From Organic Design wiki

The two domains article needs to focus on their generic nature - that they conceptually underpin all disciplines of knowledge and percevable comtexts, and identifying the two domains is key to structuring concepts within a given context. It's not the dichotomy of the small and the large, but of frequency vs time, momentum vs position, pattern vs instance, current vs voltage, change vs state, polar vs rectangular, wave vs particle - uncertainty, fourier analyasis, entropy are principles relating these two domains and so are applicable to all contexts that exhibit the two domains. --Nad 21:48, 29 Aug 2006 (NZST)

Section zero removed, needs massive clarification

The normal world, according to the way we learn maths at school, exists on a continuum of infinitesimally small to infinitely large. There are instantaneous and eternal concepts, but one doesn't hear much of them: this is because time inheres in the structure of what we all perceive to be the world of objects moving through time as a one-way arrow into the future.

In the Fourier domain that axis is radically shifted away from space to become one of time, where infinitesimally short moments become the ultimate of fine-grainedness in the perception of the frequency spectrum, and the infinitely long period being the biggest window, or, if you like, the standing wave of the universe (see Hubble constant).

Given that the Heisenberg Uncertainty Principle, or at the very least observer error, seems to defy all attempts to inquire into the nature of things, it is instructive to know where our observations must be incomplete. In the Fourier domain, our information is going to be limited both by an inability to fine-grain the frequencies enough (can't plot infinitesimals) or to observe over a sufficiently long wavelength (window problems). In the space-time world, these roughly equate to the problems respectively of quantum mechanics and cosmology.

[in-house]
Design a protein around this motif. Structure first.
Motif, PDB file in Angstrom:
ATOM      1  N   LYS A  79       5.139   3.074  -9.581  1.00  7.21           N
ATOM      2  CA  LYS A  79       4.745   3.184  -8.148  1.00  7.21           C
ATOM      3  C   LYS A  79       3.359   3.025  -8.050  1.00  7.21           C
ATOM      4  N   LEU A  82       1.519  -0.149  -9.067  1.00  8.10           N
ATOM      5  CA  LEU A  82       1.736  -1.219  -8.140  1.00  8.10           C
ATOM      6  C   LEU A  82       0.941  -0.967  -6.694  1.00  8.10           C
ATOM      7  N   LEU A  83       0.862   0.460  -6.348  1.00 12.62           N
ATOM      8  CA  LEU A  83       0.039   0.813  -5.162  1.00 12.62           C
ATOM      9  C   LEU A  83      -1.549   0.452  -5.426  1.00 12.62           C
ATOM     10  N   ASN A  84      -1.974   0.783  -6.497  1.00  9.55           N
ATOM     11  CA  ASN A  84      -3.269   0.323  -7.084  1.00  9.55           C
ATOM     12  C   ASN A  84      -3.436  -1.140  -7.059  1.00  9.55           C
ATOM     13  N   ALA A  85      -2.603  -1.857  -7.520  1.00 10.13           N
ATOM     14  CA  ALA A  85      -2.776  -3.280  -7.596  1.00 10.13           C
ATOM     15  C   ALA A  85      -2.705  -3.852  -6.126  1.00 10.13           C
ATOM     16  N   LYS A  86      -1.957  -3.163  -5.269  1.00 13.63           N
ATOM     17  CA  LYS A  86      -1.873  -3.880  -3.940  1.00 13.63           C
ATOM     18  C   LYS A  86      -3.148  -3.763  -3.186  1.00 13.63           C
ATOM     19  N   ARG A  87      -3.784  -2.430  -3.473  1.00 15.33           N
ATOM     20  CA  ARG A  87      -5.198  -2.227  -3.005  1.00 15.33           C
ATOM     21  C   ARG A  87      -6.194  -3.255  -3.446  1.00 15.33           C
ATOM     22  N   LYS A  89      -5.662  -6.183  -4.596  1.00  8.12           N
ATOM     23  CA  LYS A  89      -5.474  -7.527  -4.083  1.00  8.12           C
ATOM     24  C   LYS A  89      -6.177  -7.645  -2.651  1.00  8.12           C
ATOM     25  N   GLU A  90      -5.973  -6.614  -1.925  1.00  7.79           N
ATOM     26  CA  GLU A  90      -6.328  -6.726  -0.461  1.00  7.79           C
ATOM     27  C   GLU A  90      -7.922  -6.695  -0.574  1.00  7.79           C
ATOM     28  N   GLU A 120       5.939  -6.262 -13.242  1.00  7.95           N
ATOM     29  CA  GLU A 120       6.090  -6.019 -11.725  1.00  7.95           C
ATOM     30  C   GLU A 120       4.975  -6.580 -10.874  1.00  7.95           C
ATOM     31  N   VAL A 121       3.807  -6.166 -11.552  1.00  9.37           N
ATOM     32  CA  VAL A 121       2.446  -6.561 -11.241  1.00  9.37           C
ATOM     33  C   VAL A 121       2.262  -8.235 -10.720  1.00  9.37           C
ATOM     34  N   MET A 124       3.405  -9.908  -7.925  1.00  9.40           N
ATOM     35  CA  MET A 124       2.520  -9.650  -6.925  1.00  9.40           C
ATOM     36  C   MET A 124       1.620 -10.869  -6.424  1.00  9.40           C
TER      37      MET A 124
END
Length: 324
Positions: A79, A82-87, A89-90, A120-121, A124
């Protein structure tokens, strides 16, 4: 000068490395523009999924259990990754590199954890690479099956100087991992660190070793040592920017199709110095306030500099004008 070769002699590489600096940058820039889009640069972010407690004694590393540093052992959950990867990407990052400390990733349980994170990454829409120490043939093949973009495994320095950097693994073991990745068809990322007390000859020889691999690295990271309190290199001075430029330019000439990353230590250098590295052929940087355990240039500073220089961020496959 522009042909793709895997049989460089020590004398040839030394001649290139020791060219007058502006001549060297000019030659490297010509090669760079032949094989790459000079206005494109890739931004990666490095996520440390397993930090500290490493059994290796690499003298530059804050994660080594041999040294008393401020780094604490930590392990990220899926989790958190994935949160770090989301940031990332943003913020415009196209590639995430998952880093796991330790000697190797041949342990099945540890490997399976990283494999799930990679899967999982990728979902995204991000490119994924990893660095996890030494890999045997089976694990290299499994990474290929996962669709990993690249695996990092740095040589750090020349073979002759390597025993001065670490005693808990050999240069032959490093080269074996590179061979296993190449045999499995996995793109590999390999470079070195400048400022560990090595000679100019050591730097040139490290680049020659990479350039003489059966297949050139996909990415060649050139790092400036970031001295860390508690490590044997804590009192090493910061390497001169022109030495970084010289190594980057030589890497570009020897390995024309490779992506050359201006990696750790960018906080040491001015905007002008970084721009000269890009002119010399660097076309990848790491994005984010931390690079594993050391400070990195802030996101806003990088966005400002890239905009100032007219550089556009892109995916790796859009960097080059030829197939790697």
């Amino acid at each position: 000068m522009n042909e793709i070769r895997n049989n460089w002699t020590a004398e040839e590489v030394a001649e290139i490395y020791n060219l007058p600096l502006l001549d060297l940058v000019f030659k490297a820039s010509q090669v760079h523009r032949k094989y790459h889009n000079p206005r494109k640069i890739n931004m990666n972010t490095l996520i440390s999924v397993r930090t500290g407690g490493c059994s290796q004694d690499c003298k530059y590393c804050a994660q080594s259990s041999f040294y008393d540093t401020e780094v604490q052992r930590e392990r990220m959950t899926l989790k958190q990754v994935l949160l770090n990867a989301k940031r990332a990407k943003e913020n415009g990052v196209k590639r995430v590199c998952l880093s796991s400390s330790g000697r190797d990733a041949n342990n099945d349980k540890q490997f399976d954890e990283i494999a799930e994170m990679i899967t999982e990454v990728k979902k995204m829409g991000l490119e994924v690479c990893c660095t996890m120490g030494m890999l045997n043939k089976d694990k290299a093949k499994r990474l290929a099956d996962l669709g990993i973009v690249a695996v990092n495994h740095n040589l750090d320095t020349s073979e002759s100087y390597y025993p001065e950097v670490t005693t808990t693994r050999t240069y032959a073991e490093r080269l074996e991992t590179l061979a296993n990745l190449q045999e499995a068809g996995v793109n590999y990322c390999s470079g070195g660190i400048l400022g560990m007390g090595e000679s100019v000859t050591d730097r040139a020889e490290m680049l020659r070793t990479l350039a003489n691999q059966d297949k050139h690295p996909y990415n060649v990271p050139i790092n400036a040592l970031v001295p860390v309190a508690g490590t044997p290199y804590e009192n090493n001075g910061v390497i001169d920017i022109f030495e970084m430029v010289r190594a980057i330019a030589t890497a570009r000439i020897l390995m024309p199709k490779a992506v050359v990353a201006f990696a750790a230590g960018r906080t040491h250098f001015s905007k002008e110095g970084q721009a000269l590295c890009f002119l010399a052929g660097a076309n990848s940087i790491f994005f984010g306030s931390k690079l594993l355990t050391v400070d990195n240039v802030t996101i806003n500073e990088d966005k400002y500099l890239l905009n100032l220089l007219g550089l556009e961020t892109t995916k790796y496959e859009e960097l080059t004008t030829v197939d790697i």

Dealing with the continuous Fourier transform, though alien at first, does not pose any special problems that are not normally present. Continuous observation in spacetime requires a perception that does not reduce the content into the spacetime artifacts of things in time - continuous observation of the Fourier domain requires that we do not grade frequencies.

While it is customary to note that the trick of continuous perception is easier said than done, in either case it is not so - it absolutely cannot be said (by its very nature) and hence can only be done! It is instructive to note that each visual perception actually constitutes a reverse Fourier transform,

For a person, however we look at the world, we are constrained perception-wise by the sum total of knowable local information. The beauty is, of course, that our species has developed the capacity to generate information by description (incomplete though that must necessarily be) as well as the ability to theorise about such things.